Religious Right Elbows Way Onto World's Political Stages
From India to Israel, conservative mores challenge US diplomacy
Religion is increasingly being injected into key elections around the globe.
In recent months, conservative religious parties in Turkey, India, and Israel have scored significant electoral victories or gains - raising questions about the changing social nature of these countries and presenting the United States with new diplomatic challenges.
"It is clear there is a return to religion," says Douglas Johnston of the Center for Strategic and International Studies, and author of "Religion: The Missing Element in Statecraft." "When secular governments fail to meet the needs of their populace, religious messages fill the vacuum."
Consider the case of India. The country's domestic politics have been largely secular since since India's founding, but in the wake of May elections a Hindu nationalist became prime minister for 13 days before his ruling coalition collapsed. The coalition of current Indian leader H.D. Deve Gowda remains shaky, and the country could yet swing back toward a government defined by its religious attachment.
In Turkey, a NATO ally and devoutly secular for 73 years, an Islamic political party won the most seats in the parliament in December and is now trying to form a new government. In Israel in the May 29 elections, religious parties made strong gains in the parliament - and may control several important ministries, such as interior and education.
Then there is Russia: While religion doesn't have the overt political power it does in other countries, appeals to Russian spirituality are rising. The main challenger to President Boris Yeltsin in Sunday's elections, Gennady Zyuganov, is a Communist who incorporates a strong blend of patriotism and Russian Orthodox language and values in his campaign. He refers to the "chosenness" of the Russian people and casts anti-Western sentiments in spiritual terms.
These new strains of religion, which are often cloaked in national ideology, have come to the voting booth so quickly that Western diplomats are still unsure how to react to them. The big question is: Will the new changes bring moderate or extremist behavior?
A more hard-line Russia, for example, might consider use of force in the Baltics. India's nationalists vow to develop atomic weapons. No one is sure if an Islamic Turkey would have sided with the Gulf war coalition in 1991 - or what its attitude would be toward the country's membership in NATO.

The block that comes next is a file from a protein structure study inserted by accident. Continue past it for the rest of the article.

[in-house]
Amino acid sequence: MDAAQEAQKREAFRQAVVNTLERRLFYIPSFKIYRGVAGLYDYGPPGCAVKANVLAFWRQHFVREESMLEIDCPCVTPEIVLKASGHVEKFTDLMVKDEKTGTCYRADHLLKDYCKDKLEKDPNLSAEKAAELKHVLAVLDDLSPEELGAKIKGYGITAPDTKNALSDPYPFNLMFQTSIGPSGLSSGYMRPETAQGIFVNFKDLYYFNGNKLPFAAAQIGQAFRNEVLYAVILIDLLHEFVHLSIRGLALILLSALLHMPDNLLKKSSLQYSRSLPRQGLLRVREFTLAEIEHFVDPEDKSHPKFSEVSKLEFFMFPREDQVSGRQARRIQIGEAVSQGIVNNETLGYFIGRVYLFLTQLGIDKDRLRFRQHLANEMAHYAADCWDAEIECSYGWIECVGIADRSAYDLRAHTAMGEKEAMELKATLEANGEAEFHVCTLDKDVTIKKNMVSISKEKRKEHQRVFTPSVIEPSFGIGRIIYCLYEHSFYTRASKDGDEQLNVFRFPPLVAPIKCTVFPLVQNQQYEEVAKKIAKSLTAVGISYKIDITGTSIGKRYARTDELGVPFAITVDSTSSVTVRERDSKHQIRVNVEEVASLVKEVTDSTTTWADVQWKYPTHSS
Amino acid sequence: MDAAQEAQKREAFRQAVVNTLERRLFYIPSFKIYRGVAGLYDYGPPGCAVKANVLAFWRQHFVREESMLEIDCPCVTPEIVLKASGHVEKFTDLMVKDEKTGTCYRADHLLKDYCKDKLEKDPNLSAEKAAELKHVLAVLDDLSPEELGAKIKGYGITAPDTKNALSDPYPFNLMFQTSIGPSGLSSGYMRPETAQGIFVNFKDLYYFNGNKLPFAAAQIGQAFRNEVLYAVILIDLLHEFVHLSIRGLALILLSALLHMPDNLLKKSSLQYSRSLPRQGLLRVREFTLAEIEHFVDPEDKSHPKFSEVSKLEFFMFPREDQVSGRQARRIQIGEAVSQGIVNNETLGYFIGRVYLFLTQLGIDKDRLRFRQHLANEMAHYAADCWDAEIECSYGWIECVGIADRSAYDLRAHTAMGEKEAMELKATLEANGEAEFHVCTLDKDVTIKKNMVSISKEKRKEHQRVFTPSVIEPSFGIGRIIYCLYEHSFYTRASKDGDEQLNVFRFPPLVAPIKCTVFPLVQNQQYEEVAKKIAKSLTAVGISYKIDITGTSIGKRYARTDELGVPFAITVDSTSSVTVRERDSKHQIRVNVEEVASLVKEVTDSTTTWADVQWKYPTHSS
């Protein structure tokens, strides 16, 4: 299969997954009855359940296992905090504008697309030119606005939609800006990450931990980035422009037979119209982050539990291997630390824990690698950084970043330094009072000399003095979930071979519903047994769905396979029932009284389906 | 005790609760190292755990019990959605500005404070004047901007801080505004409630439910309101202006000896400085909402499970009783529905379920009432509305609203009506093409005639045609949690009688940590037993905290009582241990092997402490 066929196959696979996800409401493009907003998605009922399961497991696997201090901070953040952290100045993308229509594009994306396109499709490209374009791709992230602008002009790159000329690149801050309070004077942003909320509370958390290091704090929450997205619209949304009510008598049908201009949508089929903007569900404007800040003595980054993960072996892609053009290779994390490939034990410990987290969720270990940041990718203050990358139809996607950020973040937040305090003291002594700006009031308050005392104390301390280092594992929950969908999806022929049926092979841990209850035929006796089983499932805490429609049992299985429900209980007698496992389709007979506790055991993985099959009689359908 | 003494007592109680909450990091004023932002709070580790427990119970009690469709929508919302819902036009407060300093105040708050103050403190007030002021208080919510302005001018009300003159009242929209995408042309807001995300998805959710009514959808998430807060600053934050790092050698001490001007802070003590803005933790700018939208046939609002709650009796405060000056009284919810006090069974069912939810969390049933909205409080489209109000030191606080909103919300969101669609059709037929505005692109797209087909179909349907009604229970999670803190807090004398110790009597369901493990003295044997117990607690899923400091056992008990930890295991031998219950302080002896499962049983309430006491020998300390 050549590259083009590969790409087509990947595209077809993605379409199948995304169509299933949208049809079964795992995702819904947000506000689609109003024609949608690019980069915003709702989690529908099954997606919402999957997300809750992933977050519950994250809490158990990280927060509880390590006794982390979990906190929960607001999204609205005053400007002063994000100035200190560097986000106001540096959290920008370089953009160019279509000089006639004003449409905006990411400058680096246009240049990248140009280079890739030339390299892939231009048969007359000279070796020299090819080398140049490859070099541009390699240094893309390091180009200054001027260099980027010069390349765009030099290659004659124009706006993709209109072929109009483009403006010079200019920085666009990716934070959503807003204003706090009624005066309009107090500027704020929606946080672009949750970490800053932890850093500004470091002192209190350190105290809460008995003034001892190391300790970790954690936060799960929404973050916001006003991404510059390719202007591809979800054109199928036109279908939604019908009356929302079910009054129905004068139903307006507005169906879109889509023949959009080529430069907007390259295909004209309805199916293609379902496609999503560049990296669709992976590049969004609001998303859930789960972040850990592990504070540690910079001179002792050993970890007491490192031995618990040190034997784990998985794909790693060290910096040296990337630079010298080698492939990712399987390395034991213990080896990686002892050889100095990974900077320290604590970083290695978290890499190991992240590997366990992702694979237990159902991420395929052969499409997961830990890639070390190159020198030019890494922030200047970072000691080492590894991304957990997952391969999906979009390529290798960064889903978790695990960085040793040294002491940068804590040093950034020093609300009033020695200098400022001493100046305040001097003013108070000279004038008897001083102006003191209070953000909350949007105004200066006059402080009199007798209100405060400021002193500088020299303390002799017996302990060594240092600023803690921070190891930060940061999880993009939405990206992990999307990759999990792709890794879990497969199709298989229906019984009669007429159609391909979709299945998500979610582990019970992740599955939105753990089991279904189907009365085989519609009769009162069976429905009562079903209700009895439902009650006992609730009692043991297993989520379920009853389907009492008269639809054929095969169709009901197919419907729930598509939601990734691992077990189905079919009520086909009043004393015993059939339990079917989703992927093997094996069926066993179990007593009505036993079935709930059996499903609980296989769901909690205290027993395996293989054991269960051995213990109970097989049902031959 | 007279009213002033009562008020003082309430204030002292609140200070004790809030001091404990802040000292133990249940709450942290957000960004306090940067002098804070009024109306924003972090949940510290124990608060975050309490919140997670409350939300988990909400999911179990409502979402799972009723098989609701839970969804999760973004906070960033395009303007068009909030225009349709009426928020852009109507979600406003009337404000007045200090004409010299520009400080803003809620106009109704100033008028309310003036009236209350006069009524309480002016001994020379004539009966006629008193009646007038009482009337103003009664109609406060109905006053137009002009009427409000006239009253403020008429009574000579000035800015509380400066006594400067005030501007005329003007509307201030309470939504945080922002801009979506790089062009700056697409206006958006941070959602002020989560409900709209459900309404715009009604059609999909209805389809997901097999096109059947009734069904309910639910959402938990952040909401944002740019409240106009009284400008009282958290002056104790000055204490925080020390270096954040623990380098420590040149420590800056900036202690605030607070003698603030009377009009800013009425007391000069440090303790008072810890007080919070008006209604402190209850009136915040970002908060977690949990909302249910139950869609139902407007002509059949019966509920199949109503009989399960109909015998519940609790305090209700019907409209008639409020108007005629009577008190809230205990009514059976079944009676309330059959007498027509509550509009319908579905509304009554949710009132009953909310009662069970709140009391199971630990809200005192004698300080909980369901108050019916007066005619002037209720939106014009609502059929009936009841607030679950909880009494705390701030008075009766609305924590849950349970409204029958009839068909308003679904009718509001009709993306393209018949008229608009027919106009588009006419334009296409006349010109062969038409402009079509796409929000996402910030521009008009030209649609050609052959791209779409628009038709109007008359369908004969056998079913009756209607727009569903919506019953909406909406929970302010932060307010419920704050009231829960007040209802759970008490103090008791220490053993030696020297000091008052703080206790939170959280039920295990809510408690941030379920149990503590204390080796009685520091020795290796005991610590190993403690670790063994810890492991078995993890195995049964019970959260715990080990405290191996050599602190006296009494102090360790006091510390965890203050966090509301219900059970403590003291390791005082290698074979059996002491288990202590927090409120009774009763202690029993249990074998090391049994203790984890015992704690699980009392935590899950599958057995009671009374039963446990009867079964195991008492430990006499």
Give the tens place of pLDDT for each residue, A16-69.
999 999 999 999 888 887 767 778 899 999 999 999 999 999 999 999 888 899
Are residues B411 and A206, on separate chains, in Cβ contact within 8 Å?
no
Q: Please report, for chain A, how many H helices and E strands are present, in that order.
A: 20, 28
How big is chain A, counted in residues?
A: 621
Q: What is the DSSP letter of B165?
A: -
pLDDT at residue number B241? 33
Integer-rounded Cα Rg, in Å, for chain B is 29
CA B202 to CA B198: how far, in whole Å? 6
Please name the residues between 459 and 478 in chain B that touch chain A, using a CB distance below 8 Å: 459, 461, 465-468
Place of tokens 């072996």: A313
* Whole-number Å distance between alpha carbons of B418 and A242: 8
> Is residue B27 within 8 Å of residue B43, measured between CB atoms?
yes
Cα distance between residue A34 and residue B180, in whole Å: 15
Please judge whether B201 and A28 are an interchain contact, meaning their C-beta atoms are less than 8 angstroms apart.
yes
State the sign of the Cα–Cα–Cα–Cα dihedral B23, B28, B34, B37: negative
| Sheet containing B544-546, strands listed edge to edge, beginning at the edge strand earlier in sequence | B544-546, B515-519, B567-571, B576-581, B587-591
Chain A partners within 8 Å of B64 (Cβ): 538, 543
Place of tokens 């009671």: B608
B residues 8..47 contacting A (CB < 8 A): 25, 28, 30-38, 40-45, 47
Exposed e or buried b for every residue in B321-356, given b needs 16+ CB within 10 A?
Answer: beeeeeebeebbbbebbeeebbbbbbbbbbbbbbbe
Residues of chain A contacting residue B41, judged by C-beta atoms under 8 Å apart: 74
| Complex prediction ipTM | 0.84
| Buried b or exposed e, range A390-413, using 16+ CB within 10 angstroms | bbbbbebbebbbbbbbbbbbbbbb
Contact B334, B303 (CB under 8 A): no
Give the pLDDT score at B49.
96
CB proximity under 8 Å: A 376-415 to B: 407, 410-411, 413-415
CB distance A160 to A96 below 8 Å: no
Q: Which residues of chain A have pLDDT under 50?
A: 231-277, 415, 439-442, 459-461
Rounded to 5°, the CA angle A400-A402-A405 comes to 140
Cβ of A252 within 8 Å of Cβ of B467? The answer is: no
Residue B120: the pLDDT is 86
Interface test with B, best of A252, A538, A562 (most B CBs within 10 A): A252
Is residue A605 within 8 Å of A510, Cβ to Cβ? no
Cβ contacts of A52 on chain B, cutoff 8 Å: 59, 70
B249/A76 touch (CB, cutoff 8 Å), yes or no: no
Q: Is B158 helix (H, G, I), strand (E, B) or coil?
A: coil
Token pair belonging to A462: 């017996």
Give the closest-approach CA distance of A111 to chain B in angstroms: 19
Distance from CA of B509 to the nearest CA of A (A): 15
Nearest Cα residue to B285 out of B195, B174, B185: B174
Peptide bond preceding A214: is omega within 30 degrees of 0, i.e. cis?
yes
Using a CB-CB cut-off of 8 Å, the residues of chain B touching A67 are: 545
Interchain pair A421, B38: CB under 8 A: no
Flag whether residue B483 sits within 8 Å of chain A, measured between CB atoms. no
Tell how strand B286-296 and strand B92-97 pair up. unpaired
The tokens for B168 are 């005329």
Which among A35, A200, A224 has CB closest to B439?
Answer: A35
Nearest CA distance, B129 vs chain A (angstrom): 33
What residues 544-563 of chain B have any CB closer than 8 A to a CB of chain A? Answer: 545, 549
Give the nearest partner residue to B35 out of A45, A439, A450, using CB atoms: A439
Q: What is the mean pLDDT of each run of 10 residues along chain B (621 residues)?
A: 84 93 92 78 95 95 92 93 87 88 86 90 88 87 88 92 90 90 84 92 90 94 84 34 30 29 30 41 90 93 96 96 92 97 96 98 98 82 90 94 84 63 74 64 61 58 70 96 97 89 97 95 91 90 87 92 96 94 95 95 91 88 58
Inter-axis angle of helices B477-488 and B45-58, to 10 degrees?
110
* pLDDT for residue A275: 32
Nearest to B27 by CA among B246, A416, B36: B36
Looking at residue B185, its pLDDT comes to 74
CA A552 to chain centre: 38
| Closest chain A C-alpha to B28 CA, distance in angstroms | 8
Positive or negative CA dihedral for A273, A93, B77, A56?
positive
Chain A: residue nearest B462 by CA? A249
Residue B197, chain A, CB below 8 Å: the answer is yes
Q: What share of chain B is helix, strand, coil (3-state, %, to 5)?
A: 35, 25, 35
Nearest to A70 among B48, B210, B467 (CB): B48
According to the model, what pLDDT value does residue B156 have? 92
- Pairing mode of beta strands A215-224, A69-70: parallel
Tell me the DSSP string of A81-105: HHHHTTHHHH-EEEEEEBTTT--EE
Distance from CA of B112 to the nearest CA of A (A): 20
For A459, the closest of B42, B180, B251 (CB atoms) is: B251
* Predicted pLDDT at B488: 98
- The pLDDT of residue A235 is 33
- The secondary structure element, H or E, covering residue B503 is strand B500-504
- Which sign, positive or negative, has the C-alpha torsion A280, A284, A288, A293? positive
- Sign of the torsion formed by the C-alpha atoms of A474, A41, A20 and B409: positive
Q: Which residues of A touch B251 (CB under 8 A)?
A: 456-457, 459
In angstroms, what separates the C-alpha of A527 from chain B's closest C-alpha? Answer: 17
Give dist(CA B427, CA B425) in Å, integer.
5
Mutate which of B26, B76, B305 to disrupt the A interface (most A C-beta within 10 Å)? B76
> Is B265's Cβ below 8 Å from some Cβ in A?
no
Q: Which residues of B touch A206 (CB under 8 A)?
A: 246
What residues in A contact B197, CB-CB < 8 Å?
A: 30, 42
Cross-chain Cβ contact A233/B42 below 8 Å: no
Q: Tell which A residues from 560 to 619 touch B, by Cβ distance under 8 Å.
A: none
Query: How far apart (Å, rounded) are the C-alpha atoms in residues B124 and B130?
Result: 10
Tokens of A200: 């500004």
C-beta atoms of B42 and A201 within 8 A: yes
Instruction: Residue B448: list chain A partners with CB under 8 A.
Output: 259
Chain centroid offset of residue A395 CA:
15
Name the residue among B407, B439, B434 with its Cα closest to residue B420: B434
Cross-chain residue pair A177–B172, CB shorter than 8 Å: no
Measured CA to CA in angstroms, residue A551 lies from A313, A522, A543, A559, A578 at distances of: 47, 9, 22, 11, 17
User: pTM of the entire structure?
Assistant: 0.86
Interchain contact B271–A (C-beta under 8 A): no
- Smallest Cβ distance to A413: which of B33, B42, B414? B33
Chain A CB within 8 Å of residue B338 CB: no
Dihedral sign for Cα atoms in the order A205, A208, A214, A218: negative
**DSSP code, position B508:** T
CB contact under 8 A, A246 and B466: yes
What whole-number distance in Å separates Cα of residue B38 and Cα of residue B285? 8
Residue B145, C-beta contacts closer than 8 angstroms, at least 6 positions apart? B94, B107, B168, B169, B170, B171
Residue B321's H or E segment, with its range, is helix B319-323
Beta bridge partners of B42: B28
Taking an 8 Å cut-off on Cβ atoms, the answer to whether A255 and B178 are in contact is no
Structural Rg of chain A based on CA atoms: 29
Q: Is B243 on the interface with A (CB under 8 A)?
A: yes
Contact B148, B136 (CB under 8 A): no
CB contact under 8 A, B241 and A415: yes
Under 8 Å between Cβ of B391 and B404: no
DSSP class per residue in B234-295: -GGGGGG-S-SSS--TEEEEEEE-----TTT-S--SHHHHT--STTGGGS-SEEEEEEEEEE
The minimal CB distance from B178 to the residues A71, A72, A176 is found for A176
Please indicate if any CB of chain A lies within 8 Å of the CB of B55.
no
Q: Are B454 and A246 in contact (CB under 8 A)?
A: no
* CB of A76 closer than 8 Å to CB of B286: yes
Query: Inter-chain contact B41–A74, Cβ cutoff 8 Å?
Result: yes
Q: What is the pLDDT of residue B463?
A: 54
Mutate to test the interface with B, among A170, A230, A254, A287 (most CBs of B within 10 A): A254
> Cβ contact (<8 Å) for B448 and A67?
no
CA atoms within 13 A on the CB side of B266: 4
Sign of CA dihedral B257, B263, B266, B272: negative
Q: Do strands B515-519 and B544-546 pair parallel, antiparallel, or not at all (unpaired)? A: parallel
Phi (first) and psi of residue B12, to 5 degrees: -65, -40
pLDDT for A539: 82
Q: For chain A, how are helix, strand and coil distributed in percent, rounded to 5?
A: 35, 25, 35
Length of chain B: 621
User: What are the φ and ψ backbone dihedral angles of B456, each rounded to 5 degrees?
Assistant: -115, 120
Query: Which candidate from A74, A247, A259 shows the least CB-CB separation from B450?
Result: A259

"From Russia to Turkey, the effects are going to be profound, affecting every aspect of our relations," says one former high-ranking State Department official. "Even if Zyuganov just does well, that's significant. We may not be able to count on votes in the UN. We may have less influence in human rights and economic assistance. What's the Islamic angle on NATO? Nobody has thought about this stuff."
In part, the message of religious-oriented politicians in all these countries is one of liberation. They share an antipathy to what is seen as the spiritually impoverished secularism of their governments. The end of the cold war, for example, may have settled the debate over Marxist versus free-market approaches. But in many states the often missionary dream of prosperity promoted by the West has been delayed; a consumer model, often imposed by a harsh regime, is seen as not offering enough of a meaningful answer for a world and a future that leaves many people fearful and uncertain.
Amid poverty and corruption in some countries, religious political platforms may offer comforting moral certainties, a more defined identity, and convenient scapegoats, experts say.
The United States has some echoes of the religious trend. Attempts by the religious right to identify America as a "Christian nation" and to bring prayer to public schools are examples.
Religiosity is a political issue elsewhere, too. Four years ago in Algeria, an Islamic party won the national elections, but was blocked from taking power by the military-led regime. In Bosnia, the dominant Muslim party of Alija Izetbegovic has taken on strong Islamic rhetoric - partly to answer the new nationalism of their Orthodox Serb and Catholic Croat neighbors.